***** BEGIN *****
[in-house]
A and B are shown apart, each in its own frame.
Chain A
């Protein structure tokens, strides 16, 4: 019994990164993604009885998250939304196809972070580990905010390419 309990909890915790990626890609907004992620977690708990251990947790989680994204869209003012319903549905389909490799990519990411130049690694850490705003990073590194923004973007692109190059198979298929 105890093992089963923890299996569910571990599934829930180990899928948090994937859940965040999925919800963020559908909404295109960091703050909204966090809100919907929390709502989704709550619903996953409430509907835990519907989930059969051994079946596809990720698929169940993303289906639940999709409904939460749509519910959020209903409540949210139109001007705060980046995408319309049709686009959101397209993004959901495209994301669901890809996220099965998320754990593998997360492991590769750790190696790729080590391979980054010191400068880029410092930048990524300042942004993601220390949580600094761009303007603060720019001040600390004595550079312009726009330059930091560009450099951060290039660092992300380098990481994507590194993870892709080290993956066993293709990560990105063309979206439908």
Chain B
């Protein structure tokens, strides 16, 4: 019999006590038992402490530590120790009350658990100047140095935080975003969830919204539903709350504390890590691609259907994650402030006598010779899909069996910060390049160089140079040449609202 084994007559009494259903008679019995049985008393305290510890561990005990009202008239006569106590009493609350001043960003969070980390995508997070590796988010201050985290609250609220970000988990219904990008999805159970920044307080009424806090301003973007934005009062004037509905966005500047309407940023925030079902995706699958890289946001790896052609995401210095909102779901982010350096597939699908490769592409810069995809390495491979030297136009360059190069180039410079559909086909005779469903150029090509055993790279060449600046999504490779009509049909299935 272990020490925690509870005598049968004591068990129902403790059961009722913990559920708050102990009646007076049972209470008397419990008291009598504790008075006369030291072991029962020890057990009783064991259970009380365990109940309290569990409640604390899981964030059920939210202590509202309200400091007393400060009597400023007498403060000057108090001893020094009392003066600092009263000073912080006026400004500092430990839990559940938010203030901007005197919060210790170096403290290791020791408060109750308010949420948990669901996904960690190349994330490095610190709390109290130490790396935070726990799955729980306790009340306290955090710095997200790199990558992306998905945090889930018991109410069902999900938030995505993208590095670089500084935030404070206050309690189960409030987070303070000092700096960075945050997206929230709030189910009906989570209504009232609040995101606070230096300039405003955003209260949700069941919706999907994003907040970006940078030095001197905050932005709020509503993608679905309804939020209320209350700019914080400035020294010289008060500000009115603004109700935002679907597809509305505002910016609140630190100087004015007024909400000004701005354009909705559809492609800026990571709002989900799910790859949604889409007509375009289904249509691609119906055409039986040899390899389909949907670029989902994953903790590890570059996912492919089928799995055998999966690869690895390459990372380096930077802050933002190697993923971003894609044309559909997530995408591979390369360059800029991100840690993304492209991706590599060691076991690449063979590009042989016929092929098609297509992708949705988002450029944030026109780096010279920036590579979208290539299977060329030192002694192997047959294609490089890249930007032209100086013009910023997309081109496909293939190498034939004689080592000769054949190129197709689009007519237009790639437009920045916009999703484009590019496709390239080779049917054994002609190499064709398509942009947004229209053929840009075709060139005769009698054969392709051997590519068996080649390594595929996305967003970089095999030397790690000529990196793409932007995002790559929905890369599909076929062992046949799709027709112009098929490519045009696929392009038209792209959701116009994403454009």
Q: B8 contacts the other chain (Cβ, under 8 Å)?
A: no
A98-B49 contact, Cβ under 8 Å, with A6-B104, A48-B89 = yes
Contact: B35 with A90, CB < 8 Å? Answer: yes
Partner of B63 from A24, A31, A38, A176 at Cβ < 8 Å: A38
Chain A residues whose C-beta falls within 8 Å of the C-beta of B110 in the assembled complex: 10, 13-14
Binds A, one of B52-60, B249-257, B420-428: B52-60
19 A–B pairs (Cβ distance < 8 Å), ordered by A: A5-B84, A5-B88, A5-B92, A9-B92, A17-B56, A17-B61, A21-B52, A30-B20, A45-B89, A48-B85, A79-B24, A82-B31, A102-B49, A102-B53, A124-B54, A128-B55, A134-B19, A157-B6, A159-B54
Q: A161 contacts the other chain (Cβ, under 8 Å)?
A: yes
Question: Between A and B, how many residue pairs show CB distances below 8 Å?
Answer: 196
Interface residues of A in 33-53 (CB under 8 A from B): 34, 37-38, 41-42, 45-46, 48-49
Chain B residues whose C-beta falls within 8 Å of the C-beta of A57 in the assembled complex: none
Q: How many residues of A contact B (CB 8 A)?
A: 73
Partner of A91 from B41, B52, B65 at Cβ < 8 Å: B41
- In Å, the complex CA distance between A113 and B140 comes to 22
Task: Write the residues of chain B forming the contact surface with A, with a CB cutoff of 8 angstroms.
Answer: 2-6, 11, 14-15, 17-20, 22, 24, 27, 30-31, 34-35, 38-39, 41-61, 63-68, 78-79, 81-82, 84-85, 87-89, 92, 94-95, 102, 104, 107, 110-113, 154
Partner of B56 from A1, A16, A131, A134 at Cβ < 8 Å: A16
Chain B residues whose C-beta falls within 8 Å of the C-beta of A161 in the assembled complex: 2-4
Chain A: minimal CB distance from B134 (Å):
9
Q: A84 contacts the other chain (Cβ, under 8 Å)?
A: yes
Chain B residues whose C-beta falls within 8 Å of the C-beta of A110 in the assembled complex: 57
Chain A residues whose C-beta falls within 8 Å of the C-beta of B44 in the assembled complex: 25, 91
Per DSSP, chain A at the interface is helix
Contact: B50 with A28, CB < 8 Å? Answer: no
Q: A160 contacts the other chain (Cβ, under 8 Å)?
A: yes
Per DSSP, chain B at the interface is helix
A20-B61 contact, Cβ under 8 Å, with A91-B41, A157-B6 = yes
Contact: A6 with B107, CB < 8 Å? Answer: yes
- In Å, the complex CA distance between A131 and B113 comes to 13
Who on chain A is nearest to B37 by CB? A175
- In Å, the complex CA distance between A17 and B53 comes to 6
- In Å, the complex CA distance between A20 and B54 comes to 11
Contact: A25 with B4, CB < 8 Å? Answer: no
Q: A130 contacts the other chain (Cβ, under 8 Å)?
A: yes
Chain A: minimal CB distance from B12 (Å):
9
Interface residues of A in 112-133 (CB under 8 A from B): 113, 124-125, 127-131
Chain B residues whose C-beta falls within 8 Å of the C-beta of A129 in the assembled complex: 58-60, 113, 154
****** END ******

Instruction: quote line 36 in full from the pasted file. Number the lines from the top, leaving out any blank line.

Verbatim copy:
Contact: B50 with A28, CB < 8 Å? Answer: no